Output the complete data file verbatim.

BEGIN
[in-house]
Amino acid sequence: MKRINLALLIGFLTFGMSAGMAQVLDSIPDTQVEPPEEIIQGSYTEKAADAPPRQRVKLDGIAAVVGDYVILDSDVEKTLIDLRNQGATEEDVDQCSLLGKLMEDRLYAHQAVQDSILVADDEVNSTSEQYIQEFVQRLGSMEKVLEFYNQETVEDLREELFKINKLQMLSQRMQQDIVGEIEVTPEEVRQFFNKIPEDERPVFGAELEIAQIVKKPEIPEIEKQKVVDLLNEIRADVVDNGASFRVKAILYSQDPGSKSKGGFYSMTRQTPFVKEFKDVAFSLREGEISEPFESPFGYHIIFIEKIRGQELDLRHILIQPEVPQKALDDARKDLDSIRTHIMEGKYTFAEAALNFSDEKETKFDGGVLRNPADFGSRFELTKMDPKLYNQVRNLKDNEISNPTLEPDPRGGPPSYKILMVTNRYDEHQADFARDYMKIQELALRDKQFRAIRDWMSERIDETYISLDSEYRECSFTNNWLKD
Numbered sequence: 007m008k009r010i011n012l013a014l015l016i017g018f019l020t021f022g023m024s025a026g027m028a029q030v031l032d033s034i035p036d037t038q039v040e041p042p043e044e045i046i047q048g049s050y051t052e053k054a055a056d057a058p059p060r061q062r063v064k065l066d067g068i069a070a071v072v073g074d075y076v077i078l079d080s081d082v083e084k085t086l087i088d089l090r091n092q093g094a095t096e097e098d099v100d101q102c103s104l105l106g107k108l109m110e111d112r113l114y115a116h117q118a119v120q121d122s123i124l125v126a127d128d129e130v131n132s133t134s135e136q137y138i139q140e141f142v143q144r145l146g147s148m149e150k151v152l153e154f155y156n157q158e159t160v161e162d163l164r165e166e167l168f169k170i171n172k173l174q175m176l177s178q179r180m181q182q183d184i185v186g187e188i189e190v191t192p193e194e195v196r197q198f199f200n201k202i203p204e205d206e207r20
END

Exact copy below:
[in-house]
Amino acid sequence: MKRINLALLIGFLTFGMSAGMAQVLDSIPDTQVEPPEEIIQGSYTEKAADAPPRQRVKLDGIAAVVGDYVILDSDVEKTLIDLRNQGATEEDVDQCSLLGKLMEDRLYAHQAVQDSILVADDEVNSTSEQYIQEFVQRLGSMEKVLEFYNQETVEDLREELFKINKLQMLSQRMQQDIVGEIEVTPEEVRQFFNKIPEDERPVFGAELEIAQIVKKPEIPEIEKQKVVDLLNEIRADVVDNGASFRVKAILYSQDPGSKSKGGFYSMTRQTPFVKEFKDVAFSLREGEISEPFESPFGYHIIFIEKIRGQELDLRHILIQPEVPQKALDDARKDLDSIRTHIMEGKYTFAEAALNFSDEKETKFDGGVLRNPADFGSRFELTKMDPKLYNQVRNLKDNEISNPTLEPDPRGGPPSYKILMVTNRYDEHQADFARDYMKIQELALRDKQFRAIRDWMSERIDETYISLDSEYRECSFTNNWLKD
Numbered sequence: 007m008k009r010i011n012l013a014l015l016i017g018f019l020t021f022g023m024s025a026g027m028a029q030v031l032d033s034i035p036d037t038q039v040e041p042p043e044e045i046i047q048g049s050y051t052e053k054a055a056d057a058p059p060r061q062r063v064k065l066d067g068i069a070a071v072v073g074d075y076v077i078l079d080s081d082v083e084k085t086l087i088d089l090r091n092q093g094a095t096e097e098d099v100d101q102c103s104l105l106g107k108l109m110e111d112r113l114y115a116h117q118a119v120q121d122s123i124l125v126a127d128d129e130v131n132s133t134s135e136q137y138i139q140e141f142v143q144r145l146g147s148m149e150k151v152l153e154f155y156n157q158e159t160v161e162d163l164r165e166e167l168f169k170i171n172k173l174q175m176l177s178q179r180m181q182q183d184i185v186g187e188i189e190v191t192p193e194e195v196r197q198f199f200n201k202i203p204e205d206e207r20